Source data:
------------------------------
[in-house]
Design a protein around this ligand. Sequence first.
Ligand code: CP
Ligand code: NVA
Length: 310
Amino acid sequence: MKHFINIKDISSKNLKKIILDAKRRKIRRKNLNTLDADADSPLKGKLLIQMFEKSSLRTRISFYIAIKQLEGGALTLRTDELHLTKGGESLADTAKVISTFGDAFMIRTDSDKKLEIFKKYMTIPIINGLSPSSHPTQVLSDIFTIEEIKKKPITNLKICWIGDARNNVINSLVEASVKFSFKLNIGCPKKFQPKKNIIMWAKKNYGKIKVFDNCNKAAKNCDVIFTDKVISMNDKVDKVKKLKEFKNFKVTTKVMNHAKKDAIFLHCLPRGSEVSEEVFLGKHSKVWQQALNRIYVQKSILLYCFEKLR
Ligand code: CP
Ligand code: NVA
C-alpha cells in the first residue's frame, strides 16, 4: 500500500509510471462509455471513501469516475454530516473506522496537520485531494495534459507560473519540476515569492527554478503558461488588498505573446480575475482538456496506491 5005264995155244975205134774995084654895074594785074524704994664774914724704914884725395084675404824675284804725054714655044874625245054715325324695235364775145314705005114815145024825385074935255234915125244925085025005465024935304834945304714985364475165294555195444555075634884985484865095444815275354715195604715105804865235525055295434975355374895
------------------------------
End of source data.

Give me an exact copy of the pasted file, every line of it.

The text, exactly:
[in-house]
Design a protein around this ligand. Sequence first.
Ligand code: CP
Ligand code: NVA
Length: 310
Amino acid sequence: MKHFINIKDISSKNLKKIILDAKRRKIRRKNLNTLDADADSPLKGKLLIQMFEKSSLRTRISFYIAIKQLEGGALTLRTDELHLTKGGESLADTAKVISTFGDAFMIRTDSDKKLEIFKKYMTIPIINGLSPSSHPTQVLSDIFTIEEIKKKPITNLKICWIGDARNNVINSLVEASVKFSFKLNIGCPKKFQPKKNIIMWAKKNYGKIKVFDNCNKAAKNCDVIFTDKVISMNDKVDKVKKLKEFKNFKVTTKVMNHAKKDAIFLHCLPRGSEVSEEVFLGKHSKVWQQALNRIYVQKSILLYCFEKLR
Ligand code: CP
Ligand code: NVA
C-alpha cells in the first residue's frame, strides 16, 4: 500500500509510471462509455471513501469516475454530516473506522496537520485531494495534459507560473519540476515569492527554478503558461488588498505573446480575475482538456496506491 5005264995155244975205134774995084654895074594785074524704994664774914724704914884725395084675404824675284804725054714655044874625245054715325324695235364775145314705005114815145024825385074935255234915125244925085025005465024935304834945304714985364475165294555195444555075634884985484865095444815275354715195604715105804865235525055295434975355374895